More female parliamentarians (63 per cent) had also experienced sexual harassment, compared with male parliamentarians (24 per cent).

Concerns over power dynamic

The report also identified 37 per cent of people currently working in parliamentary workplaces had experienced some form of bullying.

Women once again experienced bullying at a higher rate (42 per cent), compared with men (32 per cent).

The report indicated people who bullied or sexually harassed people in parliament's workplaces were predominantly in a more powerful position than the person experiencing the behaviour.

The review also heard "overwhelmingly" there are rarely any consequences as a result of making a complaint about bullying, sexual harassment or sexual assault for the person responsible.

"Misconduct is often dealt with as a political problem rather than a people issue," Ms Jenkins said.

"As a result we heard that people are often punished for reporting misconduct while others are protected, rewarded or even promoted." 

The report also found marginalised groups had experienced "greater vulnerability to misconduct" as well as specific experiences of "discrimination, bullying, sexual harassment and sexual assault."

Some participants told the commission that their identity as a First Nations person, culturally and linguistically diverse (CALD) person, lesbian, gay, bisexual, transgender, intersex and queer (LGBTIQ+) person or person with a disability, had resulted in them being excluded or seen only through the lens of their identity.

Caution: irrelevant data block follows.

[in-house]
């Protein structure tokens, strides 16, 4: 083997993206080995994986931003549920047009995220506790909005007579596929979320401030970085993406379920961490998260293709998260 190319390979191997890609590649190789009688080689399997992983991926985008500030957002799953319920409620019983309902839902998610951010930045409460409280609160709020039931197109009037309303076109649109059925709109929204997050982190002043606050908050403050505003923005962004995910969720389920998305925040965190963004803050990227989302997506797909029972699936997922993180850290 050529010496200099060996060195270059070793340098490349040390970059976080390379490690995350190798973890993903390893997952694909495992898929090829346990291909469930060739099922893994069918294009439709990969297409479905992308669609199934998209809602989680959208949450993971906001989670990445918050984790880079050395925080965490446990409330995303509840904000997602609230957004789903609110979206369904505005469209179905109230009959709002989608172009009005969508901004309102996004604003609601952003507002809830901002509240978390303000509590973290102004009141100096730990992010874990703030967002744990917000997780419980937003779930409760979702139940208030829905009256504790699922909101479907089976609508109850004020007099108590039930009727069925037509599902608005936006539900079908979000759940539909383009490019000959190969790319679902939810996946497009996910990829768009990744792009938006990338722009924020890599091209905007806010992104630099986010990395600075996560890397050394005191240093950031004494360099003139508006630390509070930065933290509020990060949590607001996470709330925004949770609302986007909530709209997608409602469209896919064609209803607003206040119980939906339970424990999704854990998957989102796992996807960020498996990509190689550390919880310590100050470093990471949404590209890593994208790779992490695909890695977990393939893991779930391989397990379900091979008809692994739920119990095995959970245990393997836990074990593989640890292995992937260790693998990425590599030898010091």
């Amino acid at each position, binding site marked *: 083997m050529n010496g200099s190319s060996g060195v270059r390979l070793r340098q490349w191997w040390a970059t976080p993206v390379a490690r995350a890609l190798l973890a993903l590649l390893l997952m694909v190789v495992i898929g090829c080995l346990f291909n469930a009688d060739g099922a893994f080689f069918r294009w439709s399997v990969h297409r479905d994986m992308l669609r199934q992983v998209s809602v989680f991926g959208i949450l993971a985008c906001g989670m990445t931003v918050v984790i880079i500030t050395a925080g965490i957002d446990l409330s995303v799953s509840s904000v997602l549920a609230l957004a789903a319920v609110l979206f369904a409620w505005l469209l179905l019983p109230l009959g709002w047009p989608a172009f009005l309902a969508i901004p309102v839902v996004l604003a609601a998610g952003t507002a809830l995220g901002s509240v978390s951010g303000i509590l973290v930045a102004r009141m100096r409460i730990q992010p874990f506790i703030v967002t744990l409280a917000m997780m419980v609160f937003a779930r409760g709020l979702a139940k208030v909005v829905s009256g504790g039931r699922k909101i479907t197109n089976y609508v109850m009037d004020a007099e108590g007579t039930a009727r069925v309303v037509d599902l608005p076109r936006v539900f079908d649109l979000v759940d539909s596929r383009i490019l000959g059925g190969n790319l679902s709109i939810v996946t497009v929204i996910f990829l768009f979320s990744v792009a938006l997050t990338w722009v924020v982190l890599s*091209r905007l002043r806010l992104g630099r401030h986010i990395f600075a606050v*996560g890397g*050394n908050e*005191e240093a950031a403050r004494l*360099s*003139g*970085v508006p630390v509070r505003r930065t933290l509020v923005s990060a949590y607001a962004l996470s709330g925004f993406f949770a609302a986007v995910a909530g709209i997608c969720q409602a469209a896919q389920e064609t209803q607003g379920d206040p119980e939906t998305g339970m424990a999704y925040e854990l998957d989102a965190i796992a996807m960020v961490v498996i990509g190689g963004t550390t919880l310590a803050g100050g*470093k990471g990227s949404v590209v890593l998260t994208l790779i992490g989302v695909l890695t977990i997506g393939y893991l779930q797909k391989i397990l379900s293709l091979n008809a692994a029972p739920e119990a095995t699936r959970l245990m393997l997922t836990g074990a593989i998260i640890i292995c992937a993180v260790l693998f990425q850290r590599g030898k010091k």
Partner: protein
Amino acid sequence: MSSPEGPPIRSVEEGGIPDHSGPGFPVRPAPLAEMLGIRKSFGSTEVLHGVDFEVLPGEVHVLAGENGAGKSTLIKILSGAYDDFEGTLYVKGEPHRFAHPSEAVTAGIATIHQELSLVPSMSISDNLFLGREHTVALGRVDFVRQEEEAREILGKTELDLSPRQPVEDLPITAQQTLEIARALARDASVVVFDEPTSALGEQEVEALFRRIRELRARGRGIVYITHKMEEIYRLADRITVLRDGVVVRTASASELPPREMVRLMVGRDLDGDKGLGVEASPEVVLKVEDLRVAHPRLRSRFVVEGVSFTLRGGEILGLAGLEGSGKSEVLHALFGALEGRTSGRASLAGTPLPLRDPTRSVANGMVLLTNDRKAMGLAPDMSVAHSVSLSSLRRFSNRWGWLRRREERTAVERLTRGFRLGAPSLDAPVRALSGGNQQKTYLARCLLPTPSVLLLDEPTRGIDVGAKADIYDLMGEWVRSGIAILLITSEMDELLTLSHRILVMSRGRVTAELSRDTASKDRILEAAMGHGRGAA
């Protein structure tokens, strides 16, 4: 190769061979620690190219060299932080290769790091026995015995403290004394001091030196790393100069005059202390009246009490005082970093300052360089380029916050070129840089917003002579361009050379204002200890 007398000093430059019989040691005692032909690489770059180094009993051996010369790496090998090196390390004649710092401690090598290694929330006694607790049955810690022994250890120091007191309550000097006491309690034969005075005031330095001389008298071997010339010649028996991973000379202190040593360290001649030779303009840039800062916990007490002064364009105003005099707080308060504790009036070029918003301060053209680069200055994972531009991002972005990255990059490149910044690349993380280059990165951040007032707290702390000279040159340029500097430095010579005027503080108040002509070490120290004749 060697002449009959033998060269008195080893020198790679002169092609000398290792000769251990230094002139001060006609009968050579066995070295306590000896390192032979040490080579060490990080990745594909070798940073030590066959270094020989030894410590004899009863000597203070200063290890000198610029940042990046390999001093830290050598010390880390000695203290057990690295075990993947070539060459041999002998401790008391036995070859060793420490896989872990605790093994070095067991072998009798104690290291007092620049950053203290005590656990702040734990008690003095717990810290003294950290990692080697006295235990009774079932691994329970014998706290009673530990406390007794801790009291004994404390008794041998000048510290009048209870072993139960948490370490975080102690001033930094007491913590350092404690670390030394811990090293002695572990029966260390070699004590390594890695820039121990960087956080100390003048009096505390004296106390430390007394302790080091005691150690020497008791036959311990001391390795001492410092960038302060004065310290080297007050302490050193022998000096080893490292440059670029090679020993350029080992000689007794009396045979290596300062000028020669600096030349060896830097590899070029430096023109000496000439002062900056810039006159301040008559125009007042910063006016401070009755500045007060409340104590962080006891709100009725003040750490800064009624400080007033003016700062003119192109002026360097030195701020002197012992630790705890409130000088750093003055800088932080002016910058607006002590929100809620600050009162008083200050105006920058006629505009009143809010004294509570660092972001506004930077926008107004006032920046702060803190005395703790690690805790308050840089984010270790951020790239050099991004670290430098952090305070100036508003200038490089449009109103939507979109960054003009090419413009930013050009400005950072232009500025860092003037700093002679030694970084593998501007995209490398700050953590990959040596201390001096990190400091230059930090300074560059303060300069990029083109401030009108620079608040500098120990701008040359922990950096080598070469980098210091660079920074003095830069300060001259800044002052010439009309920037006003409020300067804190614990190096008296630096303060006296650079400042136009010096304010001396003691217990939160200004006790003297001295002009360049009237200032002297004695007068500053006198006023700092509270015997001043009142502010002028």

This included people who identify as LGBTIQ+ experiencing sexual harassment at a higher rate (53 per cent) than people who identify as heterosexual (31 per cent).

Mr Morrison said the "power imbalance, gender imbalance [and] lack of accountability for behaviour" identified within parliament's workplace culture were unacceptable.

"I want to stress that just because this is a challenging and demanding environment ... this is no excuse whatsoever to normalise inappropriate, unhealthy and unprofessional behaviour," he said.

Unclear and inconsistent standards

The commission heard that expected standards of behaviour either did not exist in parliamentary workplaces or were "unclear and inconsistently enforced".

"This leads to confusion about the standards that apply and to misconduct being tolerated," the report said.

Many respondents shared how leaders themselves were responsible for "bullying, sexual harassment and sexual assault" and also responded inadequately to the misconduct of others.

The effect of a so-called "culture of fear" was also raised repeatedly, especially on job security and of the "weaponisation" of information.

"The insecurity of employment has a chilling effect on people speaking up about bullying, sexual harassment and sexual assault," the report said. 

The report also noted in some situations, unsafe drinking and blurred professional boundaries fostered environments where sexual harassment or sexual assault could occur.

Mr Morrison said he had requested Finance Minister Simon Birmingham and Special Minister of State Ben Morton consult with other parties about progressing a response to the review. 

He pointed to the federal government's implementation of an independent complaints mechanism as well as a 24-hour parliamentary workplace support service and workplace training as evidence of action already taken.

Mr Morrison also thanked Ms Higgins, whose alleged rape in parliament was a catalyst for the review.

"I do thank her for standing up and speaking up," he said.

"Her voice has been listened to."

If you or someone you know is impacted by sexual assault, call 1800RESPECT on 1800 737 732 or visit . In an emergency, call 000.

6 min read
Published 30 November 2021 at 1:39pm
By Tom Stayner
Source: SBS News